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A New Era of Hope for the World's Most Neglected Diseases

-disease drug projects were under way at the end of 2004. Three-quarters are being conducted by public–private partnerships that often involve multinational or small-scale commercial firms. Twenty new products are already in clinical trials, including half at the phase III or registration stage. Assuming there is sufficient funding, at standard attrition rates these projects would be expected to deliver eight or nine new neglected-disease drugs within the next five years. “The post-2000 renewal of neglected-disease R&D activity is good news for patients with neglected diseases,?writes Moran.

There are even more reasons for optimism. Firstly, many countries affected by neglected diseases, such as Brazil, Egypt, and India, now have the infrastructure to conduct their own neglected-disease research. Morel and colleagues have called these the “innovative developing countries?(Science 309: 401?04), and say they are now reaping the benefits of decades of investment in education, health research infrastructure, and manufacturing capacity. These countries can begin controlling their endemic tropical diseases themselves by developing their own treatments and vaccines with only modest technical or financial assistance from more developed countries.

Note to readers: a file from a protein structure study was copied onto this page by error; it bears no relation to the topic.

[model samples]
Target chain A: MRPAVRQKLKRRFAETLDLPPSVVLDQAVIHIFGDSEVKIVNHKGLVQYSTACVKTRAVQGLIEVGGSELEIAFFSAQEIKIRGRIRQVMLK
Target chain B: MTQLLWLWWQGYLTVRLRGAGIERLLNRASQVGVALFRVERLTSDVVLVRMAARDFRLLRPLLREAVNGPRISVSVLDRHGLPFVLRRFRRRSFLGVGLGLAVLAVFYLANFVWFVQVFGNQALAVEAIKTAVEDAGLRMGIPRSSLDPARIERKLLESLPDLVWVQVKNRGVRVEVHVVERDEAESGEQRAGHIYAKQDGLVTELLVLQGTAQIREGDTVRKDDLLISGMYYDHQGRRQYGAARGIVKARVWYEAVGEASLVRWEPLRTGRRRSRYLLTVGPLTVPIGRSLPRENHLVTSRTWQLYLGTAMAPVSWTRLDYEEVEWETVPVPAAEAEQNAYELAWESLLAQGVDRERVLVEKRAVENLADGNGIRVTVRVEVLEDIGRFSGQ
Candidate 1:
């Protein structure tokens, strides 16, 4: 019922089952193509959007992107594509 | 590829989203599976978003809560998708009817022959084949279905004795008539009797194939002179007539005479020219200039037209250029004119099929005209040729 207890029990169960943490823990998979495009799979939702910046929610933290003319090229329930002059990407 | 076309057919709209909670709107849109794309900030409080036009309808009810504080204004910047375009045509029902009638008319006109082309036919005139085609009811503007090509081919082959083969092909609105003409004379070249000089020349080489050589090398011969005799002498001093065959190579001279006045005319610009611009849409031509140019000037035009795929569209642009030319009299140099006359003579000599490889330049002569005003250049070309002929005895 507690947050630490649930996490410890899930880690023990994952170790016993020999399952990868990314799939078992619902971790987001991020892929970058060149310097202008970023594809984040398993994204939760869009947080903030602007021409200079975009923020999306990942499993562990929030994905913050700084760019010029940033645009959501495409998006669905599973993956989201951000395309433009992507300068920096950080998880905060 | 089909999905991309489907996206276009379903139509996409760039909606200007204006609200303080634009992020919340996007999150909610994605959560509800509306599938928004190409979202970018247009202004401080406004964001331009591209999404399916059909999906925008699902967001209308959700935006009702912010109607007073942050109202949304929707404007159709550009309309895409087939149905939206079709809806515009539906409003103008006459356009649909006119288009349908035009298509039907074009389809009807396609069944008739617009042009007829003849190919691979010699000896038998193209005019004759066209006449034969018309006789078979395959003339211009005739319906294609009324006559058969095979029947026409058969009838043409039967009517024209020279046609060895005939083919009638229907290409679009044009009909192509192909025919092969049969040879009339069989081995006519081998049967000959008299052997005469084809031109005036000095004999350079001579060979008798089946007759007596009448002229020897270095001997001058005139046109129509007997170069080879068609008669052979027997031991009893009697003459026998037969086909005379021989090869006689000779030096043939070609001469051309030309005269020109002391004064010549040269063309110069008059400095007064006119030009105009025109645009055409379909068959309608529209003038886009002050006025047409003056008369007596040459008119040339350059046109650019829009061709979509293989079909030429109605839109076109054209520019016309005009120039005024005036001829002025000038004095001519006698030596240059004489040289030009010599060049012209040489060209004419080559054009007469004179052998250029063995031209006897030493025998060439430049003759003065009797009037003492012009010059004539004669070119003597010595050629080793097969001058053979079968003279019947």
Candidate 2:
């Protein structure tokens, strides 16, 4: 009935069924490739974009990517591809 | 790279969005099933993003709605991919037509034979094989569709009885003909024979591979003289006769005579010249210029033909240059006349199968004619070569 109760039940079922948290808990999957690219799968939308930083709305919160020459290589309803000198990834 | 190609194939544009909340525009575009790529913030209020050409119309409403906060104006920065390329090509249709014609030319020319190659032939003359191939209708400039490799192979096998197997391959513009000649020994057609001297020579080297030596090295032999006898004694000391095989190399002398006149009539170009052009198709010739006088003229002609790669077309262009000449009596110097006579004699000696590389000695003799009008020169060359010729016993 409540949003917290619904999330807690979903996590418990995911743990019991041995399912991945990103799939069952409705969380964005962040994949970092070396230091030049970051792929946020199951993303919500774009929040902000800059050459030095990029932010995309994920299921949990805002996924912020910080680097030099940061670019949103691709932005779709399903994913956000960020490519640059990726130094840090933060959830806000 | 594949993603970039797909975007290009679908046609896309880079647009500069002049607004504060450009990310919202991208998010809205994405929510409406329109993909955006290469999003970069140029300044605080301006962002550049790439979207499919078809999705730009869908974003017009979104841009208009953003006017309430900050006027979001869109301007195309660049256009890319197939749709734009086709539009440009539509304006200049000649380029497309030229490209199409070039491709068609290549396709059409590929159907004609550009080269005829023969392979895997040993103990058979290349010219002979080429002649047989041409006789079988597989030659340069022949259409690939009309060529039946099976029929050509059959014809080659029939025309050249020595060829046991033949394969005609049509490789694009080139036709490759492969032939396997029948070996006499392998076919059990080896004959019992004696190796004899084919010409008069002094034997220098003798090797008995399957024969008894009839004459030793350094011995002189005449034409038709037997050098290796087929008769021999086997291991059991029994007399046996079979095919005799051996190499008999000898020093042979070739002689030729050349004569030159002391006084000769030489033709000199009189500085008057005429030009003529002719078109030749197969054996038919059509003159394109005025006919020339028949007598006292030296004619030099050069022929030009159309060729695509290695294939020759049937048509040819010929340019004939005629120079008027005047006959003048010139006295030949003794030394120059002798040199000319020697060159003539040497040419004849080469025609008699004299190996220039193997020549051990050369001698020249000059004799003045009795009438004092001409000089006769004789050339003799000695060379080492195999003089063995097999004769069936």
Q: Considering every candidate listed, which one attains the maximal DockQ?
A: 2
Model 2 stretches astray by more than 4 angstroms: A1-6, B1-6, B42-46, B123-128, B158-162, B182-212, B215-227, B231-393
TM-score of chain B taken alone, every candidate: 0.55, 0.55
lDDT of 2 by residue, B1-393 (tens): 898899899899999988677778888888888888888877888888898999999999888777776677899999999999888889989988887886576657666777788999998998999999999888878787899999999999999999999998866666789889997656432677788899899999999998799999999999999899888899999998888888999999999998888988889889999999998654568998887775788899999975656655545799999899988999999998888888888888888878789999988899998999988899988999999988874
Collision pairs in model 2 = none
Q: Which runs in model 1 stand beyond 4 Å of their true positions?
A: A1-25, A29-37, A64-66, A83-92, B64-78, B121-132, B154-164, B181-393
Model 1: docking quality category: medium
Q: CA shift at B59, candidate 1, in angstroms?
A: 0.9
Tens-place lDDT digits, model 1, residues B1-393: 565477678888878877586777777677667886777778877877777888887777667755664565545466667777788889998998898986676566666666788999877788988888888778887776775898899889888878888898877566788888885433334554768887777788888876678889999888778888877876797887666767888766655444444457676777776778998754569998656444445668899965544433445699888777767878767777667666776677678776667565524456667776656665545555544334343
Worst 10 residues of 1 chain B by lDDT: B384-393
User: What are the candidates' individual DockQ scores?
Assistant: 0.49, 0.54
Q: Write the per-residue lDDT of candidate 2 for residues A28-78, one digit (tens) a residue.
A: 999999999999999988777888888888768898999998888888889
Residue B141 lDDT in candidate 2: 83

Secondly, in addition to the expectation that new tools will be developed to control neglected diseases, there is a surge of interest in maximizing the effectiveness of existing tools. This interest focuses on the idea of taking the disparate vertical control programs, each targeting a specific neglected disease, and delivering them in one integrated package. For example, important work is under way to examine the impact of four drugs—albendazole, praziquantel, azithromycin, and ivermectin—in a single delivery mechanism in order to simultaneously target lymphatic filariasis, onchocerciasis, soil-transmitted helminthiases, schistosomiasis, and trachoma (Lancet 365: 1029?030).

Thirdly, and perhaps most imp
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Source:PLoS Medecine


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